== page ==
Queen Aelfgifu

  • Age: 21
  • Born: 975

Ælfgifu of York (fl. c. 985-1002) was the first wife of King Æthelred (r. 978-1016), by whom she bore many offspring, including Edmund Ironside. It is most probable that she was a daughter of Thored, earl of southern Northumbria.

Her name and paternity do not surface in the sources until sometime after the Conquest. The first to offer any information at all, Sulcard of Westminster (fl. 1080s), merely describes her as being “of very noble English stock” (ex nobilioribus Anglis), without naming her,1 while in in the early 12th century, William of Malmesbury has nothing to report. All primary evidence comes from two Anglo-Norman historians. John of Worcester, in a chronicle which is thought to rely on earlier material compiled c. 1100, tells that Æthelred’s first wife was Ælfgifu, daughter of the nobleman Æthelberht (comes Agelberhtus) and the mother of Edmund, Æthelstan, Eadwig and Eadgyth.2 Writing in the 1150s, Ailred of Rievaulx had reason to identify Æthelred’s first wife as a daughter of earl (comes) Thored and the mother of Edmund, though he supplies no name.3 Ailred had been seneschal at the court of King David I of Scotland (r. 1124–53), whose mother Margaret descended from King Æthelred and his first wife. Although his testimony is late, his proximity to the royal family may have given him access to genuine information.4

These two accounts are irreconcilable at the point of ascribing two different fathers to Æthelred’s first wife (in both cases, Edmund’s mother). One way out of it would be to assume the existence of two different wives before the arrival of Queen Emma, Æthelred’s Norman wife, although this interpretation presents difficulties of its own, especially as the sources envisage a single woman.5 Historians generally favour the view that John of Worcester was in error about the father’s name, as Æthelberht’s very existence is under suspicion:6 if Latin comes is to be interpreted as a gloss on the office of ealdorman, only two doubtful references to one or two duces (ealdormen) of this name can be put forward that would fit the description.7 All in all, the combined evidence suggests that Æthelred’s first wife was Ælfgifu, the daughter of Earl Thored. This magnate is likely to have been the Thored who was a son of Gunnar and earl of (southern) Northumbria.8

ased largely on the careers of her sons, Ælfgifu’s marriage has been dated approximately to the (mid-)980s.9 Considering Thored’s authority as earl of York and apparently, the tenure of that office without royal appointment, the union would have signified an important step for the West-Saxon royal family by which it secured a foothold in the north.10 Such a politically weighty union would help explain the close connections maintained by Ælfgifu’s eldest sons Edmund and Æthelstan with noble families based in the northern Danelaw.11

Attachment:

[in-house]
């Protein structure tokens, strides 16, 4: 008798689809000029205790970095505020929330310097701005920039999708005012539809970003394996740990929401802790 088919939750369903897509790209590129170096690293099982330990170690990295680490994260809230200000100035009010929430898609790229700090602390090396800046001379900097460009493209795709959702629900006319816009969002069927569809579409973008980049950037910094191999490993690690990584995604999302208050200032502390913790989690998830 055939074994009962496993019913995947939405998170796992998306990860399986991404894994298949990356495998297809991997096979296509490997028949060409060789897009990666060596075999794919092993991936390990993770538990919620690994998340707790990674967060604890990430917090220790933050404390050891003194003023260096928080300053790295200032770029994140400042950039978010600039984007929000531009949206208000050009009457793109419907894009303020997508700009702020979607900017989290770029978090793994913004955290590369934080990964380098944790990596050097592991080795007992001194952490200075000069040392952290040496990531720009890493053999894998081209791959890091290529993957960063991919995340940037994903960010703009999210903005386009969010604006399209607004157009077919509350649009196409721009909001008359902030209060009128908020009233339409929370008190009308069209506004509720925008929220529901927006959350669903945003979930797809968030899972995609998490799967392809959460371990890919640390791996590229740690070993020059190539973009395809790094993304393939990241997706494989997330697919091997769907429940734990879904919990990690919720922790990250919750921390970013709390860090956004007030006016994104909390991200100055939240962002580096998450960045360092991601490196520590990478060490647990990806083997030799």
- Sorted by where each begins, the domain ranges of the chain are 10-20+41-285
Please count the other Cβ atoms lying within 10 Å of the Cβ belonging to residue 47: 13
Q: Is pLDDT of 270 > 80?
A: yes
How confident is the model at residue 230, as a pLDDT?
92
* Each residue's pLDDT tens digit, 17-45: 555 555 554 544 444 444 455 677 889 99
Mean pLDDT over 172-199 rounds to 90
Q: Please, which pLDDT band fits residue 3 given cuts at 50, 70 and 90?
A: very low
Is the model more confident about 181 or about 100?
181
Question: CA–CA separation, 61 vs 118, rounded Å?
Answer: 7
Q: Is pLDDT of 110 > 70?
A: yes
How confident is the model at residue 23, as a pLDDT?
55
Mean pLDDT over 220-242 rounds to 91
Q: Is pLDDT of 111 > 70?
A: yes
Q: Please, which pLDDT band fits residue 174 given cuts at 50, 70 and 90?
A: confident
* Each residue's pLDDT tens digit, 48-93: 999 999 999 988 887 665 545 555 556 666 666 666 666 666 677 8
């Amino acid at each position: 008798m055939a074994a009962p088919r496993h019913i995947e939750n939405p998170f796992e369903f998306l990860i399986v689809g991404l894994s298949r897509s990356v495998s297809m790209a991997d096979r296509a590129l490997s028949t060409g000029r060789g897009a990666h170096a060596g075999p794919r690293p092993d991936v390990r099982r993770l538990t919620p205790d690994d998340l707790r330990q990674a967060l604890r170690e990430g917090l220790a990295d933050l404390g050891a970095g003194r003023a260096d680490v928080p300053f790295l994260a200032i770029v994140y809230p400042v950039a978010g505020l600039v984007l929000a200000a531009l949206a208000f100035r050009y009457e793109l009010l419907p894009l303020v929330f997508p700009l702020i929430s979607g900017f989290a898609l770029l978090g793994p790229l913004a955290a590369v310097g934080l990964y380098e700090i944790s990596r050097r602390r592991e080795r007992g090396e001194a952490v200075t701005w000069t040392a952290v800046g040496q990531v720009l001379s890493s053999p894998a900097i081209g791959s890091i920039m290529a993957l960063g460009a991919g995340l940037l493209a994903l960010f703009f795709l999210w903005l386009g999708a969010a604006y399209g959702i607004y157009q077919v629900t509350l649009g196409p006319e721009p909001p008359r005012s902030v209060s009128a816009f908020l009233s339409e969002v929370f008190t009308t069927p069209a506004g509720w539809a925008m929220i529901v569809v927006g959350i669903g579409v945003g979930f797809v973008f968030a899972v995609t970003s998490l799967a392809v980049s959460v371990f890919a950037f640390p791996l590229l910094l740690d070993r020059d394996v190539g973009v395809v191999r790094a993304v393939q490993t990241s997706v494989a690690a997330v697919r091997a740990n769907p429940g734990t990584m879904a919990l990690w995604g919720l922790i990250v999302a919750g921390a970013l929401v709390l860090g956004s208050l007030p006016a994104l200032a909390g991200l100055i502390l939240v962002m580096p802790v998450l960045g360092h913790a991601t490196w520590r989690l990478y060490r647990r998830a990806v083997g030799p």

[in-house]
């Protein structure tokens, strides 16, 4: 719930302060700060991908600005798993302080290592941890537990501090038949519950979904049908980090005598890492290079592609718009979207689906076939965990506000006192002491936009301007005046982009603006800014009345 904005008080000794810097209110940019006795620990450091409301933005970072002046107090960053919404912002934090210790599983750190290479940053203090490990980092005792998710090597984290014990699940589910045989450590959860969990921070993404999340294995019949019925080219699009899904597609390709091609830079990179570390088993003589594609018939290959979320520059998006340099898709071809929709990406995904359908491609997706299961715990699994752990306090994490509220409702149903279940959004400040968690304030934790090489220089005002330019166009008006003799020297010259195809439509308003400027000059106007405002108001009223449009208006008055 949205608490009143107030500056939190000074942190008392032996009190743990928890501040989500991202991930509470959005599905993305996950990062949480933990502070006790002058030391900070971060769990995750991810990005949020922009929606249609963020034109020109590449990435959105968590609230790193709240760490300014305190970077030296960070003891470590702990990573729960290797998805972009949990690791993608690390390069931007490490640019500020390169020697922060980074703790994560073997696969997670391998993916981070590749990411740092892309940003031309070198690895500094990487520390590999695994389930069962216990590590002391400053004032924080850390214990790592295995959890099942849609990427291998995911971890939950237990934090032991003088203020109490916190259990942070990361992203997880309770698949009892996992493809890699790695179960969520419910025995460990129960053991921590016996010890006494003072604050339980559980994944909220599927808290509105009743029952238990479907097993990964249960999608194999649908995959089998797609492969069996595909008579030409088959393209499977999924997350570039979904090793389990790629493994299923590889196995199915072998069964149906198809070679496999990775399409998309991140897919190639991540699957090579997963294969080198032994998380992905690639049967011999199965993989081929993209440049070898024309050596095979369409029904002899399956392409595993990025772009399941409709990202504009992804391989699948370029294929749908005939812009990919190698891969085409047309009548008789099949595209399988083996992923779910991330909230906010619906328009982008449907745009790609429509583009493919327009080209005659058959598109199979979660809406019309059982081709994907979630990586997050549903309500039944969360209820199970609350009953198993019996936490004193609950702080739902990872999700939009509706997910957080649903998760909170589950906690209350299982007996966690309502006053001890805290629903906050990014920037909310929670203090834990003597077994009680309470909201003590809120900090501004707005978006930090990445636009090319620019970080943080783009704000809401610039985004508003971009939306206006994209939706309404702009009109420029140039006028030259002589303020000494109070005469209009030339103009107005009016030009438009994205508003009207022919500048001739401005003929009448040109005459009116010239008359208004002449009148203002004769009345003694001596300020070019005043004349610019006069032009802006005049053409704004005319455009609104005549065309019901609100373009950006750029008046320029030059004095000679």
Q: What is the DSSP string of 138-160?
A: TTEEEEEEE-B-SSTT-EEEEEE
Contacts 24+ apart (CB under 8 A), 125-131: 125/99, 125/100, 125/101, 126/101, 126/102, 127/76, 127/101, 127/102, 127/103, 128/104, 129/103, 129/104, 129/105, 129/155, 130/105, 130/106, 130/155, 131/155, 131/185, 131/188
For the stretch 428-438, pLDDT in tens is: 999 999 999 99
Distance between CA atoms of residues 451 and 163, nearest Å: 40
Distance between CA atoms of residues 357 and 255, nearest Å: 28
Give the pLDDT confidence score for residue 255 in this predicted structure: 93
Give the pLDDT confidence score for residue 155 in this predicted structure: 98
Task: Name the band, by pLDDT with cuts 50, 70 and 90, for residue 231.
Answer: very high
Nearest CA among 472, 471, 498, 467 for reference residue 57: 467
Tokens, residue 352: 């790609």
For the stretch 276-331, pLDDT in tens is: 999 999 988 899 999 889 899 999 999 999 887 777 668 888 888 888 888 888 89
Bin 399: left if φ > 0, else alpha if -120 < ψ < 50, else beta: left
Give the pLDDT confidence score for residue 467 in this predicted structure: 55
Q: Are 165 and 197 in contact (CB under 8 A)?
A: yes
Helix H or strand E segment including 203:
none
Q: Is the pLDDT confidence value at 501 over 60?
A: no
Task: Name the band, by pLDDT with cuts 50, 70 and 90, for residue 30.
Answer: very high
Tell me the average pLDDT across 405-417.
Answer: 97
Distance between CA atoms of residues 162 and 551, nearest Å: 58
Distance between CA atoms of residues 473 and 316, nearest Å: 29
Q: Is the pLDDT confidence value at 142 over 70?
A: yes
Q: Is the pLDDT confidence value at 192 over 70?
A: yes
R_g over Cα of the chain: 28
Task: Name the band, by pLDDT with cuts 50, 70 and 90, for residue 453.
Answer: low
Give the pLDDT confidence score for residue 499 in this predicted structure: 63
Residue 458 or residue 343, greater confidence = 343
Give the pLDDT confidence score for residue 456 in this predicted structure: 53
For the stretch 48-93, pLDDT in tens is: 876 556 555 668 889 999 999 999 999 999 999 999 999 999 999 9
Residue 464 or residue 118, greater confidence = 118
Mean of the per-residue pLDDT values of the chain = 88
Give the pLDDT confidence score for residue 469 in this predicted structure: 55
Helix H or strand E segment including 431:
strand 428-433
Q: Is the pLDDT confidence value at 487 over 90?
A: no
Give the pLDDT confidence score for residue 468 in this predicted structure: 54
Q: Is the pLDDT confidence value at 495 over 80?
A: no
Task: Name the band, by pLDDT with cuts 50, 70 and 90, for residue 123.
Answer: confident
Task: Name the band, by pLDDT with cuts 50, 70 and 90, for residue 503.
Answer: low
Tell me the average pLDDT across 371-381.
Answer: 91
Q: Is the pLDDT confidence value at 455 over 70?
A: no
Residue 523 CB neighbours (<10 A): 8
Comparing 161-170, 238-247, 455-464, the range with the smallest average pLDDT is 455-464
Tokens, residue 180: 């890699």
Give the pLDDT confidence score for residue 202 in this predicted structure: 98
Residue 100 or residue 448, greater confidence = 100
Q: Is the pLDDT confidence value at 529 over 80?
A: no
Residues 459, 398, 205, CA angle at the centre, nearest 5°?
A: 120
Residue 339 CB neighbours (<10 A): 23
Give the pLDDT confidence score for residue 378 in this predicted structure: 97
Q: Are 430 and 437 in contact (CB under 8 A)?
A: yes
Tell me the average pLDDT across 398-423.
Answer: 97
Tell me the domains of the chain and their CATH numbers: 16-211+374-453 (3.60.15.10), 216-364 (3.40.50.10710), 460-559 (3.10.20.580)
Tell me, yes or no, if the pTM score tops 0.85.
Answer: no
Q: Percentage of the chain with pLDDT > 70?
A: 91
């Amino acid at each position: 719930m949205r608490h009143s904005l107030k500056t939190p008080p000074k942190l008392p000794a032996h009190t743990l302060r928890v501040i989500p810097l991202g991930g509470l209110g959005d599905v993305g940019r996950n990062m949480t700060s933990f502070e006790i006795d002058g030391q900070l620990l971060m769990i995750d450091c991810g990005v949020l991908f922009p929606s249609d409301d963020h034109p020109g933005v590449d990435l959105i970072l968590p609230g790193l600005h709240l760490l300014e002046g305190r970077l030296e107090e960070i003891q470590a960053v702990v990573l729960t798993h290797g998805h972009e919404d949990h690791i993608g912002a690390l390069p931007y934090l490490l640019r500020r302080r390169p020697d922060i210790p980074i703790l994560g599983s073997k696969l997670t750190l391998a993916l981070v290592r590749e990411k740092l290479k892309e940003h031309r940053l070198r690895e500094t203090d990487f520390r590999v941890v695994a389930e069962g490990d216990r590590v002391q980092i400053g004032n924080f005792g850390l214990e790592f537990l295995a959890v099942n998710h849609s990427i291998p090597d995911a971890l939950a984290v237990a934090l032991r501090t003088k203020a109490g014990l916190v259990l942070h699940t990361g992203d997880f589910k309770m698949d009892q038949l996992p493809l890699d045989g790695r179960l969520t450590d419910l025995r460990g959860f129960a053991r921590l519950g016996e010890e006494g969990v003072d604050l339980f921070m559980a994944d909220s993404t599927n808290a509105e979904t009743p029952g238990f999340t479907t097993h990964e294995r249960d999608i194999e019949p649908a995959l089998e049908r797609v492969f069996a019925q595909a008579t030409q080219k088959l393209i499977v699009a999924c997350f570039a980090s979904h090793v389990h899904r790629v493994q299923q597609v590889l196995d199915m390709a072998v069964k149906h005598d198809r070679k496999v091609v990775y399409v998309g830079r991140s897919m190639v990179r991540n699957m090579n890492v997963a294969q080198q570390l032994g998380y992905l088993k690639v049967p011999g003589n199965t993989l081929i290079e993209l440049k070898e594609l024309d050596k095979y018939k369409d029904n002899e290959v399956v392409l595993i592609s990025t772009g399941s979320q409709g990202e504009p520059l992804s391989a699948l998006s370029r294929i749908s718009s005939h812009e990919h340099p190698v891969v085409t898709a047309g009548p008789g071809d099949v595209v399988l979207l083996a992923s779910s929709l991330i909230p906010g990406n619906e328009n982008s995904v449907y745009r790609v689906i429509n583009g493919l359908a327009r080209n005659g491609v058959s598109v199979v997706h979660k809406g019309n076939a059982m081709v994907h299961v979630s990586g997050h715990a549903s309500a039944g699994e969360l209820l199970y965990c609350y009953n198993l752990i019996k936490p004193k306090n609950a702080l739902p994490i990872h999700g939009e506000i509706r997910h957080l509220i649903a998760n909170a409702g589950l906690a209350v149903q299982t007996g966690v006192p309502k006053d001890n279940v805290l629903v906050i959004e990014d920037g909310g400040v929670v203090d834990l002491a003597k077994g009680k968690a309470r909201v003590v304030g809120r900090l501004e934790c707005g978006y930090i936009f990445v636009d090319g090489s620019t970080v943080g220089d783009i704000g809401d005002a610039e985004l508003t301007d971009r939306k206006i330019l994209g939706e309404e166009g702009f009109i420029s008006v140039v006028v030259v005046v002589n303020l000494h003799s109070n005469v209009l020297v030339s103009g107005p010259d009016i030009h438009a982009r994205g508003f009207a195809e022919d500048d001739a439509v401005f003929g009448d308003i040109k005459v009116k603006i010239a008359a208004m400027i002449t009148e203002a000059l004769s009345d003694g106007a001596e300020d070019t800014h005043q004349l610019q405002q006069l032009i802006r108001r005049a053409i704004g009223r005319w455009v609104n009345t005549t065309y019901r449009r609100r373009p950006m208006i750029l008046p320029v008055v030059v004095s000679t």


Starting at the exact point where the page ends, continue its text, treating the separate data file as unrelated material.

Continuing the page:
The marriage produced six sons, all of whom were named after Æthelred’s predecessors, and an unknown number of daughters. The eldest sons Æthelstan, Ecgberht, Eadred and Edmund first attest charters in 993, while the younger sons Eadwig and Edgar first make an appearance in them in 997 and 1001 respectively.12 Some of these sons seem to have spent part of their childhood in fosterage elsewhere, possibly with Æthelred’s mother Ælfthryth.13
The only ætheling to become king was Edmund Ironside, whose brief reign came to an end when Cnut won a series of victories and so conquered England (1016). Æthelred gave three of his daughters in marriage to ealdormen, presumably in order to secure the loyalties of his nobles and so to consolidate a defence system against Viking attacks.14

Ælfgifu seems to have kept a low profile in her husband’s political life, to judge by her total absence from royal diplomas. She did, however, make at least some impression on the contemporary record. In a will issued between 975/980 and 987, the thegn Beorhtric and his wife bequeathed to their “lady” (hlæfdige) an armlet worth 30 gold mancuses and a stallion, calling upon her authority to oversee the implementation of the arrangements set out by will.21 In a will of later date (AD 990 × 1001), in which she is addressed as “my lady” (mire hlæfdian), the noblewoman Æthelgifu promised a bequest of 30 mancuses of gold.22 Just as little is known of Ælfgifu’s life, so the precise date and circumstances of her death cannot be recovered.23 In any event, she appears to have died by 1002, probably from childbirth, when Æthelred took to wife Emma, daughter of Count Richard of Rouen, who received or adopted her predecessor’s Anglo-Saxon name, Ælfgifu.

Queen Aelfgifu

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